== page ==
Mark Catlin believes the English game could be heading towards a shake-up.
It’s a seismic earthquake which is needed, however, to impact the terrain of the game at international level.
And we’re not talking about giving the ranks of European youngsters at Premier League clubs a runout in the EFL Trophy here.
The only surprise about the shambles in Nice on Monday night, was anyone was remotely surprised about it at all.
Perplexed, bewildered, embarrassed and increasingly furious, yes, but not really surprised.
Defeat to Iceland is seen as the biggest stain on the national game since losing to USA at the World Cup in 1950.
But what about the indelible marks left two years ago in Brazil?
Expectations were so low at the last World Cup that Roy Hodgson was somehow allowed to ride out the abject performance of his side in South America.
The apathy which reigned meant there was barely an audible outcry from England finishing bottom of their group.
The same can’t be said in France, as the FA’s decision to stick with Hodgson came home to roost.
It was the manner in which it all fell apart so dramatically which spoke of the continuing deep-rooted issues which lie within English football.
We had seen Germany pull apart Slovakia’s defensive wall with ease and Belgium comfortably unpick Hungary’s rearguard effort.
Then there was France using their three days’ extra rest to take advantage of Ireland’s tiring minds and limbs.
It was a similar scenario for England. Seven days on from a final group game where Hodgson had gambled and lost with six changes against Slovakia, they faced an Iceland side with two days’ less preparation time.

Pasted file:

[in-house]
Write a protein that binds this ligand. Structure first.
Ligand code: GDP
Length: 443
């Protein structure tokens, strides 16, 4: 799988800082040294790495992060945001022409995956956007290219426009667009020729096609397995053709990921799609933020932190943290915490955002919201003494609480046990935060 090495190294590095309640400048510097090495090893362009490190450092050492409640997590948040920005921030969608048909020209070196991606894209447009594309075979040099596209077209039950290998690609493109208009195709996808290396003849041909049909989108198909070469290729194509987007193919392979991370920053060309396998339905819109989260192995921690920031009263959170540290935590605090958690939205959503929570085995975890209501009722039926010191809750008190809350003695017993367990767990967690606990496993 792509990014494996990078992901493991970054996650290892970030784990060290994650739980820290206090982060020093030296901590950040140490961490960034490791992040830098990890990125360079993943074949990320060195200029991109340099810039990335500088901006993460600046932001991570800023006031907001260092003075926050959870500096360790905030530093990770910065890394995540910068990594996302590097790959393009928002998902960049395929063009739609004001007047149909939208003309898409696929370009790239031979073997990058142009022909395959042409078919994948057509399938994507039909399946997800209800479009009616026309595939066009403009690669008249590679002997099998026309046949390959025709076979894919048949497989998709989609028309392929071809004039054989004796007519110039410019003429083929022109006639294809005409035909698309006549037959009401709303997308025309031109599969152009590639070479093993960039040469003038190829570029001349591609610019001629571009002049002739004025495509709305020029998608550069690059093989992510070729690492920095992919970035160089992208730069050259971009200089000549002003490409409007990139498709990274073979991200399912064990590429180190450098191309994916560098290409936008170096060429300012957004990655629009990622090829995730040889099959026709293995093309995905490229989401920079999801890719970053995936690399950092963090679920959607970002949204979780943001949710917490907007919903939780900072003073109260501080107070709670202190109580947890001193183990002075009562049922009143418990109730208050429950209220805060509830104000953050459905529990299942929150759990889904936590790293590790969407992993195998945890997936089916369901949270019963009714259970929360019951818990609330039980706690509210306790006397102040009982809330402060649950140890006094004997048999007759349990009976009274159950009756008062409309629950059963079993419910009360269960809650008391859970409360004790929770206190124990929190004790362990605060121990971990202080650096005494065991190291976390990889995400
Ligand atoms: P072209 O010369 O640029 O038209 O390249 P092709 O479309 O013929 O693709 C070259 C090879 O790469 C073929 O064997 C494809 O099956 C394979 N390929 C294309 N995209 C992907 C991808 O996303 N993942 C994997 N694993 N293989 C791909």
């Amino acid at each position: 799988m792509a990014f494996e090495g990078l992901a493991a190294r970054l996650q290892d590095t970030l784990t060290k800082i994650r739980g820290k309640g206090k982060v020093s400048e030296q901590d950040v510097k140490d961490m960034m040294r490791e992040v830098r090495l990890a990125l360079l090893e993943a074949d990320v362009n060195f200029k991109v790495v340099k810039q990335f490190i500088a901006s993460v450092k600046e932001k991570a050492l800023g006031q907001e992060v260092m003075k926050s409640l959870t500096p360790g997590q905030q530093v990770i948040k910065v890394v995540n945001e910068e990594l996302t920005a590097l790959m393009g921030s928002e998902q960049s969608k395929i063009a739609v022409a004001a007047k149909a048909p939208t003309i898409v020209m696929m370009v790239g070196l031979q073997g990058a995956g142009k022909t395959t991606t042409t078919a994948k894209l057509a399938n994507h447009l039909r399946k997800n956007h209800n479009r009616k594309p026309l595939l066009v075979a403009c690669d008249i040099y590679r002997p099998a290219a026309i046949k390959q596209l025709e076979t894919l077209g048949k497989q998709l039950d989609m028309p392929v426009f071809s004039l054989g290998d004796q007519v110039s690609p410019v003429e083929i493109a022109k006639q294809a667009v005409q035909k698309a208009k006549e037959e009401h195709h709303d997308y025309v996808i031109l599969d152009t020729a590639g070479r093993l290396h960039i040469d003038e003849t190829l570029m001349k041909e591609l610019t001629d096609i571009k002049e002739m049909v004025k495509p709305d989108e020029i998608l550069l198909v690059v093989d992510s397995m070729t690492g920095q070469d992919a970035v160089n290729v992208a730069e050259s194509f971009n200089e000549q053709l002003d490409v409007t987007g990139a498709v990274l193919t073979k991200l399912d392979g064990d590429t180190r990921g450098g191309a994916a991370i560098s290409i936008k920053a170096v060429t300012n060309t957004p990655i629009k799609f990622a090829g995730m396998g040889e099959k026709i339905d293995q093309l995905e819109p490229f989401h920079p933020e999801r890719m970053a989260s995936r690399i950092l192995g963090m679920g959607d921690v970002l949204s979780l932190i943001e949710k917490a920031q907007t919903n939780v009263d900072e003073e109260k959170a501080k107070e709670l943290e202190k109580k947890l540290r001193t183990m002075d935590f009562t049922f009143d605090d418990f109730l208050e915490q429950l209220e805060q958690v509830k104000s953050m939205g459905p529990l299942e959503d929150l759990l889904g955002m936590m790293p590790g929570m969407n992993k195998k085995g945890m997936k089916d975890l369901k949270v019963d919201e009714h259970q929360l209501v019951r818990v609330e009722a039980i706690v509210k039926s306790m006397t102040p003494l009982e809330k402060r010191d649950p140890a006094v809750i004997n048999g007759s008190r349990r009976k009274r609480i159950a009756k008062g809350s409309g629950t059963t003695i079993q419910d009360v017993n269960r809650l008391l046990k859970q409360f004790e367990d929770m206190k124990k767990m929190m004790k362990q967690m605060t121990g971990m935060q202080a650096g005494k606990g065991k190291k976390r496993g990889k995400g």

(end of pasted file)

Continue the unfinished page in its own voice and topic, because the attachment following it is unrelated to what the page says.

Taking on a team who have built their Euro success on perspiration over inspiration, the challenge was to tire the opponent and take advantage of the gaps when they appeared.
A fourth-minute opener even meant they were given the perfect platform with Iceland forced to open up. That they did, though, with their leveller 34 seconds after the restart.
From there, we witnessed the Three Lions’ descent into madness.
Heads spun, eyes glazed and frenzied glares were dished out as panic set in.
And all of this from players, we are told, operating in the best league in the world every week.
That didn’t stop the Premier League megastars reverting to that familiar plan B as the game headed inexorably to its inevitable conclusion.
Yes, lump it forward and hope for the best is still alive and well. So the rest of Europe guffawed and gave knowing looks as we found ourselves out of the EU(ros) for the second time in four days.
That is where the shift in landscape may just provide the changes the game here needs.
Divorcing the EU is set to prompt moves in employment law which are likely to have a big impact on English football.
And Pompey chief executive Catlin had some very interesting views on the subject in the Sports Mail last weekend.
Under the current system there is freedom of movement to allow EU players to gain deals without a complex work permit process.
That, many feel, could now change to reflect the scenario where non-EU players have to play a percentage of their country’s games indexed to their Fifa ranking.
A report earlier this year indicated 332 players in the top two English leagues and Scottish top flight would not be eligible for permits.
On top of that, just 23 of the 180 non-British EU players in the Championship would qualify.
These figures in the wake of Brexit are being viewed as apocalyptic by many.
But maybe it’s this end-of-days scenario which will finally help us change the culture of English football for the best.